In the first part of this series, we learned the key concepts to build an application that is as CMS-agnostic as possible. In this second and final part, we will proceed to abstract a WordPress application, making its code ready to be used with Symfony components, Laravel framework, and October CMS (which is based on Laravel).

Accessing Services

Before we start abstracting the code, we need to provide the layer of dependency injection to the application. As described in the first part of this series, this layer is satisfied through Symfony’s DependencyInjection component. To access the defined services, we create a class ContainerBuilderFactory which simply stores a static instance of the component’s ContainerBuilder object:

use SymfonyComponentDependencyInjectionContainerBuilder;

class ContainerBuilderFactory {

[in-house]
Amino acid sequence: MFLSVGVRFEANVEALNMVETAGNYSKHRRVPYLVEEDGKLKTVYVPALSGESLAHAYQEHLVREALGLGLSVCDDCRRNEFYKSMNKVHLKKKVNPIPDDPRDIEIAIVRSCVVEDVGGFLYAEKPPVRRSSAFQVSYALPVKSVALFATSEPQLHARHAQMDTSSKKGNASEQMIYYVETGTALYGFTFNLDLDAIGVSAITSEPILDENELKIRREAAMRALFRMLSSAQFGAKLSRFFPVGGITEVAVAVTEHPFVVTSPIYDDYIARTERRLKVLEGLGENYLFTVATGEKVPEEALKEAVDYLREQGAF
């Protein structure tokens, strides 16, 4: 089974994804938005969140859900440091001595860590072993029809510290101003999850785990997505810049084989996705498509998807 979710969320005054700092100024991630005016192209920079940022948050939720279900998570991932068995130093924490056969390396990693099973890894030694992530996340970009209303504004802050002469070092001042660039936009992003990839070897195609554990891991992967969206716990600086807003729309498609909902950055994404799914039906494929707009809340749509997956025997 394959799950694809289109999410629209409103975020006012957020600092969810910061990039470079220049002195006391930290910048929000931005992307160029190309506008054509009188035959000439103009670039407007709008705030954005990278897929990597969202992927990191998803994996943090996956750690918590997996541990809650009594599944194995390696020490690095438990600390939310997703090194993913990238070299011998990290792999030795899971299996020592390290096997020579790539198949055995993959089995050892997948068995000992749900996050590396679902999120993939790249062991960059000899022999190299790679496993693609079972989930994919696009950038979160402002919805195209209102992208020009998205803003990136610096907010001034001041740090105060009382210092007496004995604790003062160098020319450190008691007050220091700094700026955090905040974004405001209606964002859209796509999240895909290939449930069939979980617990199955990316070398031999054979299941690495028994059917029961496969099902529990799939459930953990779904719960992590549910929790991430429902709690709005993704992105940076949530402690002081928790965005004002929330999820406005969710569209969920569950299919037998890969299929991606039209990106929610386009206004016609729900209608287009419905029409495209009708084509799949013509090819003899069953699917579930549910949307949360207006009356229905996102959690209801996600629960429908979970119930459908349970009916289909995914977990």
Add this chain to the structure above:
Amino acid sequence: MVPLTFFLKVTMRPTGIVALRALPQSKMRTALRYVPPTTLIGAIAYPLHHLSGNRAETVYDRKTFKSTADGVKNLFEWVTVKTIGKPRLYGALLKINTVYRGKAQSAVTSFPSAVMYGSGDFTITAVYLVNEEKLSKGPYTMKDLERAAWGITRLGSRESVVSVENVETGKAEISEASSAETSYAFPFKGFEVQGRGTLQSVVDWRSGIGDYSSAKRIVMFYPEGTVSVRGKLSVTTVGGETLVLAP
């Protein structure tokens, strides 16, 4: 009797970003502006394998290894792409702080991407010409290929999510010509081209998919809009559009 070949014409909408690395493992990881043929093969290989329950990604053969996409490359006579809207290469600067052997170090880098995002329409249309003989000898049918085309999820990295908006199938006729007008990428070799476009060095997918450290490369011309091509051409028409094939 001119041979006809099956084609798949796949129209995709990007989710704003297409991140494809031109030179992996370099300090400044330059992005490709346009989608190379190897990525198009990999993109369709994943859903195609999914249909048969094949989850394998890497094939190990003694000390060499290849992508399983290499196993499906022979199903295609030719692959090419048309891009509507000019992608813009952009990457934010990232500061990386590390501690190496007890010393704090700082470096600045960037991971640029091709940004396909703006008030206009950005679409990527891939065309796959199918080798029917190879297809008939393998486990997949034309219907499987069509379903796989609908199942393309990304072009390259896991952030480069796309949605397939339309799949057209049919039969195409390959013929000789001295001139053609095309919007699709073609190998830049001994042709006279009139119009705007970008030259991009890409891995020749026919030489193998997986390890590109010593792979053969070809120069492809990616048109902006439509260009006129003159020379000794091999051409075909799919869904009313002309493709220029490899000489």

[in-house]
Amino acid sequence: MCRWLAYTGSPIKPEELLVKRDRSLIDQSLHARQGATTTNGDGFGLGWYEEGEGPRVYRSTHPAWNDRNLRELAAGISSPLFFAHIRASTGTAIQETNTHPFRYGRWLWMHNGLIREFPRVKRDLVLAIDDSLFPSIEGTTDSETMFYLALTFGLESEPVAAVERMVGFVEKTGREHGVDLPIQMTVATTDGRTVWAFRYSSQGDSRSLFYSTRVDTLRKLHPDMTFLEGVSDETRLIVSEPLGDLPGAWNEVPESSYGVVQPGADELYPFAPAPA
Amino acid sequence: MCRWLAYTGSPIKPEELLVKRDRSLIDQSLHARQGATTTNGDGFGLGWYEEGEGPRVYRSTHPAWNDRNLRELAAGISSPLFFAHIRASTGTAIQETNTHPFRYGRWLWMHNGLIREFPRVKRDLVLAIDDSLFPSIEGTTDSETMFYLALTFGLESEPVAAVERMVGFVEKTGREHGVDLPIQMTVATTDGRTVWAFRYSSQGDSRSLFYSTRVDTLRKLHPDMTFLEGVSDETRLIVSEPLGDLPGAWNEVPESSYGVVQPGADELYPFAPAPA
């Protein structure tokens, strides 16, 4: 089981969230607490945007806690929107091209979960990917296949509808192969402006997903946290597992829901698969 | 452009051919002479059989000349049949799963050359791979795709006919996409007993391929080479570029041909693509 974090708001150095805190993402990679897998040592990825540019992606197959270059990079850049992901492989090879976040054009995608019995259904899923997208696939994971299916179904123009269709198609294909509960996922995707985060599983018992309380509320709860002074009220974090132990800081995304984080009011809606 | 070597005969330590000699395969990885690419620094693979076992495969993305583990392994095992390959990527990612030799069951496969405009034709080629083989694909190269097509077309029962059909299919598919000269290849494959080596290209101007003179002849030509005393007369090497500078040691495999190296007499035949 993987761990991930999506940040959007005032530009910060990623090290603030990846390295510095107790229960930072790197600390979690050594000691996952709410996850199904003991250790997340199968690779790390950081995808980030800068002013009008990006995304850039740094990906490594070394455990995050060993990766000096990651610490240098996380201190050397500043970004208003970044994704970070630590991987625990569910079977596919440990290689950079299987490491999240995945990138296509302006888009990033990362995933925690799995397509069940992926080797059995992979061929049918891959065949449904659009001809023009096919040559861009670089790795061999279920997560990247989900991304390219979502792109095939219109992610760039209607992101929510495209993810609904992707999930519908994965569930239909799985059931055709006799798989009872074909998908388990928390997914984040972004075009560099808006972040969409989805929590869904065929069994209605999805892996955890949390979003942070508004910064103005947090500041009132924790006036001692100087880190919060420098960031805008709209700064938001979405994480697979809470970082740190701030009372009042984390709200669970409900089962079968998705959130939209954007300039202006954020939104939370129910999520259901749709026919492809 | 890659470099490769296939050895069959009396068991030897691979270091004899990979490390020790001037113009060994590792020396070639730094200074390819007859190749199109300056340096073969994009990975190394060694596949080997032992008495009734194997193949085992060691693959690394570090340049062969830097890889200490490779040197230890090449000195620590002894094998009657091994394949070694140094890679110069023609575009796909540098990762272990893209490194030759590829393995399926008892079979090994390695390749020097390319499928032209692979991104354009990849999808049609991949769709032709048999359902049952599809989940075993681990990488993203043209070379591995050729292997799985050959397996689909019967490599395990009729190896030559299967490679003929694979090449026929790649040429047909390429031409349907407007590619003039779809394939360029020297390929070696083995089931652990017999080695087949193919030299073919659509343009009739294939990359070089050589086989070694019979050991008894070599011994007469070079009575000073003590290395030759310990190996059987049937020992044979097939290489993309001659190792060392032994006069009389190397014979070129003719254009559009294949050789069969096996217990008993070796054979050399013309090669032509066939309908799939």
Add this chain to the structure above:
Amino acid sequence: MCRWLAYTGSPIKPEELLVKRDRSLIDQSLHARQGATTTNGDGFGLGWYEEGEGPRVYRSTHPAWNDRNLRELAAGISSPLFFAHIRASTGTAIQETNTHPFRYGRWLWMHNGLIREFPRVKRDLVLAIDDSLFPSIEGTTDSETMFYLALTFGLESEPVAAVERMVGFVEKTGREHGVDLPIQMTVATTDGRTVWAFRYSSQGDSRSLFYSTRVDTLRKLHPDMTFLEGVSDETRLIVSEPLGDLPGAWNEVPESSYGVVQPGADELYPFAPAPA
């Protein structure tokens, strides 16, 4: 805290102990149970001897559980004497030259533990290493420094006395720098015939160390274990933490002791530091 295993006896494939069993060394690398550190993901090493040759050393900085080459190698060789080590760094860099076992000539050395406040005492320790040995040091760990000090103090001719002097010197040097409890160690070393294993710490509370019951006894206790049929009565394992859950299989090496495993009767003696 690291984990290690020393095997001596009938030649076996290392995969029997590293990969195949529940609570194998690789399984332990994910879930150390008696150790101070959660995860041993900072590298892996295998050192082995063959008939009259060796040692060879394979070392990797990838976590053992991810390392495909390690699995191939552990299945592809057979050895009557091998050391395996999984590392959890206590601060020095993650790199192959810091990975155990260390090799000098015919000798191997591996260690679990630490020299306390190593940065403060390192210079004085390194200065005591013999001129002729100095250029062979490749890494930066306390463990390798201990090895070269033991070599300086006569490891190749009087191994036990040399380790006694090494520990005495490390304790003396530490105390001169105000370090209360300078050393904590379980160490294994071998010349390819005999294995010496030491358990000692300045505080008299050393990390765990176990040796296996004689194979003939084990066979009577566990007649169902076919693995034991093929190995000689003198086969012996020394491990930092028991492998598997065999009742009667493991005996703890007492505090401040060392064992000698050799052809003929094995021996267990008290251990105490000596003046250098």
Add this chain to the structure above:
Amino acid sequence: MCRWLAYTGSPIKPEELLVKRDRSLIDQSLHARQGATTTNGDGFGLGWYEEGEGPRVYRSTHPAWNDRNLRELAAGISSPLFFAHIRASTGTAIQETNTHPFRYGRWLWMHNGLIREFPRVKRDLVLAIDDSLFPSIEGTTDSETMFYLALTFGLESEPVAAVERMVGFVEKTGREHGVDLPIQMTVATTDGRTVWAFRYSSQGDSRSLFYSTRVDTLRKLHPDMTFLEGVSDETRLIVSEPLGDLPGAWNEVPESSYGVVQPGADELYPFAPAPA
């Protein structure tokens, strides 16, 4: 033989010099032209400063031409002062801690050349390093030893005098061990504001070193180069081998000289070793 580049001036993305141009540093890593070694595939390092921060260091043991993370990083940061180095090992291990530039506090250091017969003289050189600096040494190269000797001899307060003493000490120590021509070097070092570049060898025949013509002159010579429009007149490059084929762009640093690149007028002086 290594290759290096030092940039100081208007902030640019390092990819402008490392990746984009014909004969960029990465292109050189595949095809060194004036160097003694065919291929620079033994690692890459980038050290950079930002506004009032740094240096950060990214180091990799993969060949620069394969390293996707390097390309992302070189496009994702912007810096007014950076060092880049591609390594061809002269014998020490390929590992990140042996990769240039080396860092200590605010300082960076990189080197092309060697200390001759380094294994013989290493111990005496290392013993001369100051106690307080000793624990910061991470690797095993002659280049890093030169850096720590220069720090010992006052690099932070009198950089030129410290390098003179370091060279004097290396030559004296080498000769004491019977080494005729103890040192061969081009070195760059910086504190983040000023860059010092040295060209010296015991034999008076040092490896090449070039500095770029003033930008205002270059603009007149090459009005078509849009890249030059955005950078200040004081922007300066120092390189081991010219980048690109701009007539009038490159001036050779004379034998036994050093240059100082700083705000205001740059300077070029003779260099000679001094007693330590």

private static $instance;
  public static function init()
  {
    self::$instance = new ContainerBuilder();
  }
  public static function getInstance()
  {
    return self::$instance;
  }
}

Then, to access a service called "cache", the application requests it like this:

$cacheService = ContainerBuilderFactory::getInstance()->get('cache');
// Do something with the service
// $cacheService->...

Abstracting WordPress Code

We have identified the following pieces of code and concepts from a WordPress application that need be abstracted away from WordPress’s opinionatedness:

  • accessing functions
  • function names
  • function parameters
  • states (and other constant values)
  • CMS helper functions
  • user permissions
  • application options
  • database column names
  • errors
  • hooks
  • routing
  • object properties
  • global state
  • entity models (meta, post types, pages being posts, and taxonomies —tags and categories—)
  • translation
  • media.

Let’s proceed to abstract them, one by one.

Note: For ease of reading, I have omitted adding namespaces to all classes and interfaces throughout this article. However, adding namespaces, as specified in PHP Standards Recommendation PSR-4, is a must! Among other advantages, the application can then benefit from autoloading, and Symfony’s dependency injection can rely on automatic service loading as to reduce its configuration to the bare minimum.

Accessing functions